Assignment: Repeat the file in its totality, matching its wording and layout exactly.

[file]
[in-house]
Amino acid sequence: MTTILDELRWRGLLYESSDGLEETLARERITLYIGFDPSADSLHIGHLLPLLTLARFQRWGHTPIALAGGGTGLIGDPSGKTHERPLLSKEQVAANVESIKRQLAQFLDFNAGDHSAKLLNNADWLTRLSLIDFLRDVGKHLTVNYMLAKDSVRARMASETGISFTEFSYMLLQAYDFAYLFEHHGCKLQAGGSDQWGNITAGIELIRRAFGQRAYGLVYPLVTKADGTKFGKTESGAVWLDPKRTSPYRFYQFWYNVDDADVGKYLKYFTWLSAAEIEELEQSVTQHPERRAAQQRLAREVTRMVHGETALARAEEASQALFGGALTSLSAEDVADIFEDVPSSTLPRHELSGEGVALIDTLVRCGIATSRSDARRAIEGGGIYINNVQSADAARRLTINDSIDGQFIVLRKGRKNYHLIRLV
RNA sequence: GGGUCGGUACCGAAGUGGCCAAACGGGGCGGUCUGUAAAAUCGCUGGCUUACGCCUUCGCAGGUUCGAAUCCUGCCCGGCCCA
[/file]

[in-house]
Amino acid sequence: MTTILDELRWRGLLYESSDGLEETLARERITLYIGFDPSADSLHIGHLLPLLTLARFQRWGHTPIALAGGGTGLIGDPSGKTHERPLLSKEQVAANVESIKRQLAQFLDFNAGDHSAKLLNNADWLTRLSLIDFLRDVGKHLTVNYMLAKDSVRARMASETGISFTEFSYMLLQAYDFAYLFEHHGCKLQAGGSDQWGNITAGIELIRRAFGQRAYGLVYPLVTKADGTKFGKTESGAVWLDPKRTSPYRFYQFWYNVDDADVGKYLKYFTWLSAAEIEELEQSVTQHPERRAAQQRLAREVTRMVHGETALARAEEASQALFGGALTSLSAEDVADIFEDVPSSTLPRHELSGEGVALIDTLVRCGIATSRSDARRAIEGGGIYINNVQSADAARRLTINDSIDGQFIVLRKGRKNYHLIRLV
RNA sequence: GGGUCGGUACCGAAGUGGCCAAACGGGGCGGUCUGUAAAAUCGCUGGCUUACGCCUUCGCAGGUUCGAAUCCUGCCCGGCCCA